Answers to Hearing Questions on the Status of Key Operations
GGD-00-109R: Published: May 31, 2000. Publicly Released: May 31, 2000.
- Full Report:
Pursuant to a congressional request, GAO provided information on the status of the Bureau of the Census' key census operations, focusing on: (1) whether the Bureau followed GAO's recommendations and adopted an alternate form of contingency planning instead of relying on Congress for a supplemental appropriation; (2) why the census is such a local endeavor; (3) whether the Bureau will be able to translate the high level of public awareness into participation for the 2000 Census; (4) whether partnership specialists will be stretched too thinly to have a successful impact on the 2000 Census; (5) the challenges facing the Bureau in conducting a timely and accurate followup; (6) how the Bureau could intentionally or unintentionally cut corners to get the nonresponse follow-up workload done in a shorter period of time; and (7) the risks that could jeopardize the release of timely data.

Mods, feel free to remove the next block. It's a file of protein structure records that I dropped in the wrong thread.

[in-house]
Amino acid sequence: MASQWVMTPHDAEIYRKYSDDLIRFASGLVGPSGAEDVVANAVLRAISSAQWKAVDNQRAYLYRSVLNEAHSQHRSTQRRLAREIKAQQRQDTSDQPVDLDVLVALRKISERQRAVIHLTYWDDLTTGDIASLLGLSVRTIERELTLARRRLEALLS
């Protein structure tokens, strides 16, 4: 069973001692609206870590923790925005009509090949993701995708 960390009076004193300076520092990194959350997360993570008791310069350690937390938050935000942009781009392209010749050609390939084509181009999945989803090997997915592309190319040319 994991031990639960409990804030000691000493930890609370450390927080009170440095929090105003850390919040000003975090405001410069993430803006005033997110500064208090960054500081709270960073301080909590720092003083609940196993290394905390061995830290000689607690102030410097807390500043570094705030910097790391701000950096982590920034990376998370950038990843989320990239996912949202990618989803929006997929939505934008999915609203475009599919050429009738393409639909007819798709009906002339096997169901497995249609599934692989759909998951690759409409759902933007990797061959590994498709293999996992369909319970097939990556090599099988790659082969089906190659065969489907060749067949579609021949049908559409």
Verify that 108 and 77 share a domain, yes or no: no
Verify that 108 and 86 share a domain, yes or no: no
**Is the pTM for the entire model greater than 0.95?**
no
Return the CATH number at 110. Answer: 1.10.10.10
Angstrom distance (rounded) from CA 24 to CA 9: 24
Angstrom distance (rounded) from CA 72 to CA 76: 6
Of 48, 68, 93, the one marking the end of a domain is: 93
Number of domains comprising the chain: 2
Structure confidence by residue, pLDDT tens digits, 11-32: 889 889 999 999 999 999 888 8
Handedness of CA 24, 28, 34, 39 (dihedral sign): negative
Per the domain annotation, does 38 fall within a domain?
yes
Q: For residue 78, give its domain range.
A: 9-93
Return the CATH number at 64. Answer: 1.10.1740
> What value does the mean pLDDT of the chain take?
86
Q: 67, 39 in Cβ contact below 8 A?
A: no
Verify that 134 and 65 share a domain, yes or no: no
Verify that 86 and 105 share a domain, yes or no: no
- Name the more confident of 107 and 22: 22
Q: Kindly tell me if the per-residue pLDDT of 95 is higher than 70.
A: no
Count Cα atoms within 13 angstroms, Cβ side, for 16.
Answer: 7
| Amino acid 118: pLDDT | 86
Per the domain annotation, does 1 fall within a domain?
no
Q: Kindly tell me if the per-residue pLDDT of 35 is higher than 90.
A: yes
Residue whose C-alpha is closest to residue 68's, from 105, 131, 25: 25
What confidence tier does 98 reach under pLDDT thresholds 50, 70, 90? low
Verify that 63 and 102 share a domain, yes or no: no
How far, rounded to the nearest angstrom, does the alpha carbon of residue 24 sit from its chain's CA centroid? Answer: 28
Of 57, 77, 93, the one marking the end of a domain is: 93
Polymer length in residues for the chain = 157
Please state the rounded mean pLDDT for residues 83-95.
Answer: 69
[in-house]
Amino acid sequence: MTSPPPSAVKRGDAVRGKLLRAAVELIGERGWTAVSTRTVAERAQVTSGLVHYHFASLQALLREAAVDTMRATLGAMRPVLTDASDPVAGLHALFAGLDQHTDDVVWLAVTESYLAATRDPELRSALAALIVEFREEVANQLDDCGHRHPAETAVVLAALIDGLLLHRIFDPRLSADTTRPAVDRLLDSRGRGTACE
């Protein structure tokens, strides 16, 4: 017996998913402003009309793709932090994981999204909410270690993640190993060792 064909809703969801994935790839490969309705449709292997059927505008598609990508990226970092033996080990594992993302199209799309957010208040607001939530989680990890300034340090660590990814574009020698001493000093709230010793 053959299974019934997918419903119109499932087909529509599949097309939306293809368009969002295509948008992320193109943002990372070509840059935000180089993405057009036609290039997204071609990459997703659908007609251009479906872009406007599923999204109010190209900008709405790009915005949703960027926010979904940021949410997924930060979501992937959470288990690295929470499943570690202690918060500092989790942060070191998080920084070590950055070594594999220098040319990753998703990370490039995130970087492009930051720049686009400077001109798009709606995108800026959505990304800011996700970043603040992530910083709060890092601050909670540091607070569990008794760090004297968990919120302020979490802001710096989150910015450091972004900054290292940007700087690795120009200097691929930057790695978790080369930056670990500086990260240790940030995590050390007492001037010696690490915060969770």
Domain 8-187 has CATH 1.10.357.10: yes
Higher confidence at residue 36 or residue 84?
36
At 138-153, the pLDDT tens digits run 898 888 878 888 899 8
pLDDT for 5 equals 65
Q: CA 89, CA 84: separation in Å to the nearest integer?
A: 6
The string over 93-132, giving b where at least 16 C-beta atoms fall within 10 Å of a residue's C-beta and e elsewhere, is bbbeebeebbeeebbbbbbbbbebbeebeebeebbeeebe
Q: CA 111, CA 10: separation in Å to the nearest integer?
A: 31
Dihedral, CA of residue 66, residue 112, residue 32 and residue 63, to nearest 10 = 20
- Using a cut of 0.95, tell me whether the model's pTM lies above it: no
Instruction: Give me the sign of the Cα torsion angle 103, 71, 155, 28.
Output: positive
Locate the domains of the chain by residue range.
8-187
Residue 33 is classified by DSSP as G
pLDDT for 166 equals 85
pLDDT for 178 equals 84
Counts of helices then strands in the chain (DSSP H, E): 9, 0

GAO noted that: (1) in his written response to GAO's recommendation, the Secretary of the Department of Commerce noted that Bureau officials share GAO's "awareness of the challenges inherent in conducting a complete and thorough nonresponse follow-up operation;" (2) however, the Secretary added that the current plan for the 2000 Census will produce the most accurate enumeration possible, and that the Bureau must devote its full attention to carrying out each component of that plan; (3) the Bureau noted that the only serious contingency would be to request a supplemental appropriation; (4) the census is in many respects a local endeavor because the key ingredients of a successful population count, such as a complete and accurate address list and timely and accurate data collection, are carried out by locally recruited census employees going from one neighborhood to the next; (5) national-level data, although useful for providing an overall perspective on the census, tends to obscure operational challenges and successes at the local level that can affect the quality of the census; (6) the response rate to the 2000 Census was 65 percent--4 percentage points higher than what the Bureau had anticipated and equal to the 1990 Census response rate; (7) still, preliminary data suggest that the Bureau was unable to translate high levels of census awareness into census participation; (8) although the response rate was 65 percent, various polls have suggested that the public's awareness of the census was significantly higher; (9) Bureau partnership specialists appear to be more thinly stretched, on average, for the 2000 Census, than they were for the 1998 dress rehearsal; (10) completing the nonresponse follow-up workload within the allotted timeframe will be critical to collecting quality data because the census is progressing on a very tight schedule and the Bureau needs time to complete other census operations, including coverage evaluations that will be used to estimate census undercounts and overcounts; (11) the Bureau's nonresponse follow-up workload for 2000 is about 42 million housing units, and it has scheduled ten weeks to complete the operation; (12) in planning the 2000 nonresponse follow-up operation, the Bureau took steps to avoid the problems it encountered in 1990; (13) to address expected turnover, the Bureau planned to hire two people for each of its 146,000 enumerator positions; and (14) any material delay in checking-in census forms, both long and short, could adversely affect the timeliness of downstream activities, such as determining nonrespondents and tabulating final results.